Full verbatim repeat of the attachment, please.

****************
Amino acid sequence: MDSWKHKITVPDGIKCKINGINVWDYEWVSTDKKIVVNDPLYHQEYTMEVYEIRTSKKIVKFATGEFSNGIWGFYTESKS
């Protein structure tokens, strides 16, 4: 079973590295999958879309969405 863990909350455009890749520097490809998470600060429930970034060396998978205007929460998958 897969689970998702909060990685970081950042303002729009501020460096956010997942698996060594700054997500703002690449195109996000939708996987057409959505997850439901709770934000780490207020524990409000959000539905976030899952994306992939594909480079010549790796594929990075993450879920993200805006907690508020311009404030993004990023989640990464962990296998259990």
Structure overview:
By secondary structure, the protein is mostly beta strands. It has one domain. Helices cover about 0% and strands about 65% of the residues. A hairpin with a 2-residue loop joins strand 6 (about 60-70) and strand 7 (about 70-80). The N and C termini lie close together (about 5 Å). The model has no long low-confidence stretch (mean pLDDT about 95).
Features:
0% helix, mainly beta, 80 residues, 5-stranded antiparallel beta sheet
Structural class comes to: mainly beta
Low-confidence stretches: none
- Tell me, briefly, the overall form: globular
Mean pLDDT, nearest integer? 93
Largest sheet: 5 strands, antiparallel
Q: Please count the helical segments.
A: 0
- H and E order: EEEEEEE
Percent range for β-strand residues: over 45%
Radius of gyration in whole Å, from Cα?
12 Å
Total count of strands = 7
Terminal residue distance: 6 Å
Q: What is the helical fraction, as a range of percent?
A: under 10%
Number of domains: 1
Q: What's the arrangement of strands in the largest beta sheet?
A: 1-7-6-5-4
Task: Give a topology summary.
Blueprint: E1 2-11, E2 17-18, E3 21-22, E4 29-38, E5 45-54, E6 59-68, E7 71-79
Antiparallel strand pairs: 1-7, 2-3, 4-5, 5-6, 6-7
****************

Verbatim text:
Amino acid sequence: MDSWKHKITVPDGIKCKINGINVWDYEWVSTDKKIVVNDPLYHQEYTMEVYEIRTSKKIVKFATGEFSNGIWGFYTESKS
């Protein structure tokens, strides 16, 4: 079973590295999958879309969405 863990909350455009890749520097490809998470600060429930970034060396998978205007929460998958 897969689970998702909060990685970081950042303002729009501020460096956010997942698996060594700054997500703002690449195109996000939708996987057409959505997850439901709770934000780490207020524990409000959000539905976030899952994306992939594909480079010549790796594929990075993450879920993200805006907690508020311009404030993004990023989640990464962990296998259990």
Structure overview:
By secondary structure, the protein is mostly beta strands. It has one domain. Helices cover about 0% and strands about 65% of the residues. A hairpin with a 2-residue loop joins strand 6 (about 60-70) and strand 7 (about 70-80). The N and C termini lie close together (about 5 Å). The model has no long low-confidence stretch (mean pLDDT about 95).
Features:
0% helix, mainly beta, 80 residues, 5-stranded antiparallel beta sheet
Structural class comes to: mainly beta
Low-confidence stretches: none
- Tell me, briefly, the overall form: globular
Mean pLDDT, nearest integer? 93
Largest sheet: 5 strands, antiparallel
Q: Please count the helical segments.
A: 0
- H and E order: EEEEEEE
Percent range for β-strand residues: over 45%
Radius of gyration in whole Å, from Cα?
12 Å
Total count of strands = 7
Terminal residue distance: 6 Å
Q: What is the helical fraction, as a range of percent?
A: under 10%
Number of domains: 1
Q: What's the arrangement of strands in the largest beta sheet?
A: 1-7-6-5-4
Task: Give a topology summary.
Blueprint: E1 2-11, E2 17-18, E3 21-22, E4 29-38, E5 45-54, E6 59-68, E7 71-79
Antiparallel strand pairs: 1-7, 2-3, 4-5, 5-6, 6-7